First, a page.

A 'huanghuali' stool, Qing dynasty
10,000 - 15,000 USD
A 'huanghuali' stool
Height 19 1/2 in., 49.5 cm; Width 16 in., 40.6 cm; Depth 16 1/8 in., 40.8 cm
The stool with restored breaks to the joinery on three legs. All four hoof feet with spliced-on additions. The stretchers have spliced-on elements. The stool with expected consolidation, minor repairs and losses, age cracks, and wear to the surface as expected with age and use.
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Please note that this lot will require a CITES permit for export outside of the United States.
The lot is sold in the condition it is in at the time of sale. The condition report is provided to assist you with assessing the condition of the lot and is for guidance only. Any reference to condition in the condition report for the lot does not amount to a full description of condition. The images of the lot form part of the condition report for the lot. Certain images of the lot provided online may not accurately reflect the actual condition of the lot. In particular, the online images may represent colors and shades which are different to the lot's actual color and shades. The condition report for the lot may make reference to particular imperfections of the lot but you should note that the lot may have other faults not expressly referred to in the condition report for the lot or shown in the online images of the lot. The condition report may not refer to all faults, restoration, alteration or adaptation. The condition report is a statement of opinion only. For that reason, the condition report is not an alternative to taking your own professional advice regarding the condition of the lot. NOTWITHSTANDING THIS ONLINE CONDITION REPORT OR ANY DISCUSSIONS CONCERNING A LOT, ALL LOTS ARE OFFERED AND SOLD "AS IS" IN ACCORDANCE WITH THE CONDITIONS OF SALE/BUSINESS APPLICABLE TO THE RESPECTIVE SALE.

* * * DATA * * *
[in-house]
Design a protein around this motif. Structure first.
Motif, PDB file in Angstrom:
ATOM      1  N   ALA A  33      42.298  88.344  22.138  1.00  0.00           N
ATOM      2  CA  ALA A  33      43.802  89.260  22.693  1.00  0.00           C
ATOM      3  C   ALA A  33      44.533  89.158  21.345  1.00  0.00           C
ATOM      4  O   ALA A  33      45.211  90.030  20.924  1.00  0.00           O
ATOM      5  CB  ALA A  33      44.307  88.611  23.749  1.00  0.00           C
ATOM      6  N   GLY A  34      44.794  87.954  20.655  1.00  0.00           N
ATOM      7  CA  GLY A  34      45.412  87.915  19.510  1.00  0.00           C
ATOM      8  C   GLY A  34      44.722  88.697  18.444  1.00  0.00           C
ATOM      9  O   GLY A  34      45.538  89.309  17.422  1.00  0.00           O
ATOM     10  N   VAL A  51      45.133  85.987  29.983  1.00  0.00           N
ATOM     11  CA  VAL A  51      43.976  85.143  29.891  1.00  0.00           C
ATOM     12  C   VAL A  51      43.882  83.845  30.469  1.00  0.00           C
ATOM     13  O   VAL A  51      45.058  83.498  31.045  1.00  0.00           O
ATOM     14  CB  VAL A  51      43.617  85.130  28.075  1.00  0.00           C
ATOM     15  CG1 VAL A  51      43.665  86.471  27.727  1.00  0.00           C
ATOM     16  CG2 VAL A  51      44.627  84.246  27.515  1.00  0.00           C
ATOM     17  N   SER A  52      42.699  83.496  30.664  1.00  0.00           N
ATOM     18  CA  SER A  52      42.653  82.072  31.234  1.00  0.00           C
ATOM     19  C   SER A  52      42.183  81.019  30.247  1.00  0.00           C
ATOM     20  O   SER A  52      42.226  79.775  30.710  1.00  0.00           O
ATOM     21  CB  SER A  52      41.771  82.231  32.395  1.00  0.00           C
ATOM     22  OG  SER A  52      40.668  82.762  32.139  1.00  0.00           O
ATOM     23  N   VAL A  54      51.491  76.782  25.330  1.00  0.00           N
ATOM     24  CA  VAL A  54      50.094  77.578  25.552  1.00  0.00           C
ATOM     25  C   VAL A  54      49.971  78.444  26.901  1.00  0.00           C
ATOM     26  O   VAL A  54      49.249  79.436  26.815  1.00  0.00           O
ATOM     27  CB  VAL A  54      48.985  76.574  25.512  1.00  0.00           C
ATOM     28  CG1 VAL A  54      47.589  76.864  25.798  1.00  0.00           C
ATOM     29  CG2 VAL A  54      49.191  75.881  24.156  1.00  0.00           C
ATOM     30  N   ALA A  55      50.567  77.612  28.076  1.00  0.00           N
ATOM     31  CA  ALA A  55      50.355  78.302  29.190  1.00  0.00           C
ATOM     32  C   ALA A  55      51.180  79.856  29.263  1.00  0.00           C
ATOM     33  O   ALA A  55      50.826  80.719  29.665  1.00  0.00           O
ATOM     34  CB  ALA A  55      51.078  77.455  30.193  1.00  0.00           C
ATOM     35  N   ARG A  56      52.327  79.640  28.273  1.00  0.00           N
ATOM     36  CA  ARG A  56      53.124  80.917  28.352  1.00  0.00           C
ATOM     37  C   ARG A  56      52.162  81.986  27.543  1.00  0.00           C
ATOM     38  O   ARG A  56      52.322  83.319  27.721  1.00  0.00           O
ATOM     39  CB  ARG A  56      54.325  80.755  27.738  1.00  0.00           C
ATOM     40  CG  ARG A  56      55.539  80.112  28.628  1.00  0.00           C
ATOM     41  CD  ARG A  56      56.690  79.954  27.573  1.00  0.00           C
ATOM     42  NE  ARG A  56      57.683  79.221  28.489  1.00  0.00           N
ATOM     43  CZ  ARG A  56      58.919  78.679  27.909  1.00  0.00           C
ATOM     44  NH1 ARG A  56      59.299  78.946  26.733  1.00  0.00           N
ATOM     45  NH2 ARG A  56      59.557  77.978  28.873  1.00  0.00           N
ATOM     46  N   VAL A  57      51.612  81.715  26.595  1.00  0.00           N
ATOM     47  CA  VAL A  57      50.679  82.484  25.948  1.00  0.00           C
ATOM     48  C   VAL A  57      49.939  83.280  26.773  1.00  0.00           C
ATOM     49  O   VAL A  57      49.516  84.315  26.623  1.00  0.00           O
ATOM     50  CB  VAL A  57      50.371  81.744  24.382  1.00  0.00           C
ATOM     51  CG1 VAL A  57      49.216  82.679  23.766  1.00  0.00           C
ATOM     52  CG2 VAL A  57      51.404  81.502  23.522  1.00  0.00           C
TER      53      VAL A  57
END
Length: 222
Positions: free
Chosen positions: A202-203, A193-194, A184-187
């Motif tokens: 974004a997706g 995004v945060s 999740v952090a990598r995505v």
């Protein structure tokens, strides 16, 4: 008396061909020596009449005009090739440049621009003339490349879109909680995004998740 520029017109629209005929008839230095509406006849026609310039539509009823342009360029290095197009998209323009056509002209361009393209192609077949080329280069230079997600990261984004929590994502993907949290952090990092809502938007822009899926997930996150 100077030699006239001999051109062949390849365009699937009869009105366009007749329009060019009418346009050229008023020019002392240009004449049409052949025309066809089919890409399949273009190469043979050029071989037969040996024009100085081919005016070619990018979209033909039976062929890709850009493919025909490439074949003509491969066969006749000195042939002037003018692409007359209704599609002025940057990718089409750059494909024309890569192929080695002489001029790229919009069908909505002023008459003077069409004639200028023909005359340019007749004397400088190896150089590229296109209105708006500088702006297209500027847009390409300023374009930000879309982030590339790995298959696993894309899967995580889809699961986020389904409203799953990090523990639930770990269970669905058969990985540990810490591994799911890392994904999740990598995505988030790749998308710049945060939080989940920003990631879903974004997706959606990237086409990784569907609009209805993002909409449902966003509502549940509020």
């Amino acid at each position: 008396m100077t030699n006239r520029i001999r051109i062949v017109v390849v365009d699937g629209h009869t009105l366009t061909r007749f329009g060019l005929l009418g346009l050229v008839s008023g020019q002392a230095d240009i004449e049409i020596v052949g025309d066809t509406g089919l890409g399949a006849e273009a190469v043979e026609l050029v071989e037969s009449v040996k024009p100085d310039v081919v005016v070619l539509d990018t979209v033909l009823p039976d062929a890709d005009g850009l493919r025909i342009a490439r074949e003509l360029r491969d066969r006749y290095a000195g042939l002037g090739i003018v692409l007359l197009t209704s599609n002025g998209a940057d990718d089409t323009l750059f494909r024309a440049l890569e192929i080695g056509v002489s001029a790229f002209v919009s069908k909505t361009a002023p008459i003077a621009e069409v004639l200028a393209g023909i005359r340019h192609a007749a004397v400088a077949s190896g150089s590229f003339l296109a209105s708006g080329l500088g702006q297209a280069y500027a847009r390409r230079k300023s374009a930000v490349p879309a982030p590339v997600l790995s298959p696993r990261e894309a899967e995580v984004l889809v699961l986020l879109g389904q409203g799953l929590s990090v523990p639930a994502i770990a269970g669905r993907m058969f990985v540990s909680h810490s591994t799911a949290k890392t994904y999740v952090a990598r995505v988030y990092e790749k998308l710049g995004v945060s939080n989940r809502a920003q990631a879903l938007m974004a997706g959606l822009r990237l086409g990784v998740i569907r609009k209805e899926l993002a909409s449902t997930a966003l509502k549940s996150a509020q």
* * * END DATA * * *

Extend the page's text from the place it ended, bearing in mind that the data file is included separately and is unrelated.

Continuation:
Collection of Florence (1886-1939) and Paul H. Benedict (1888-1968), acquired in China prior to the 1920s, and thence by descent.
Mr. Paul Howie (1888-1968) and Florence (1886-1939) Benedict were an American couple who spent decades in China in the first half of the 20th century, developing their careers and their affinity for Chinese culture, and raising a family. Paul was born in Towanda, Pennsylvania and went on to graduate from Yale University (class of 1909) before moving to China as an executive for Standard Oil Company, working variously in Shanghai, Nanjing, Beijing, and Tianjin. Florence (neé Florence Jeannette Chaney) earned a Bachelor of Theology at the University of Chicago (class of 1908) and Master's degree from the same university in 1913. She had a great interest in people of other cultures, writing a Master's thesis titled "The Social and Educational Protection of the Immigrant Girl in Chicago" (1912), and following her graduation she became a Presbyterian missionary in China, serving in Huaiyuan county, Anhui province. Paul and Florence met in China and married in Huaiyuan in 1918, and raised two sons in Beijing. In 1942 while living in Tianjin, Paul was taken as a prisoner of war by the Japanese army and held for seven months in Beijing before being released. He subsequently moved back to the United States. The Chinese furniture, Buddhist figures, and other works of art that the couple collected in their time abroad have stayed in the family for three generations.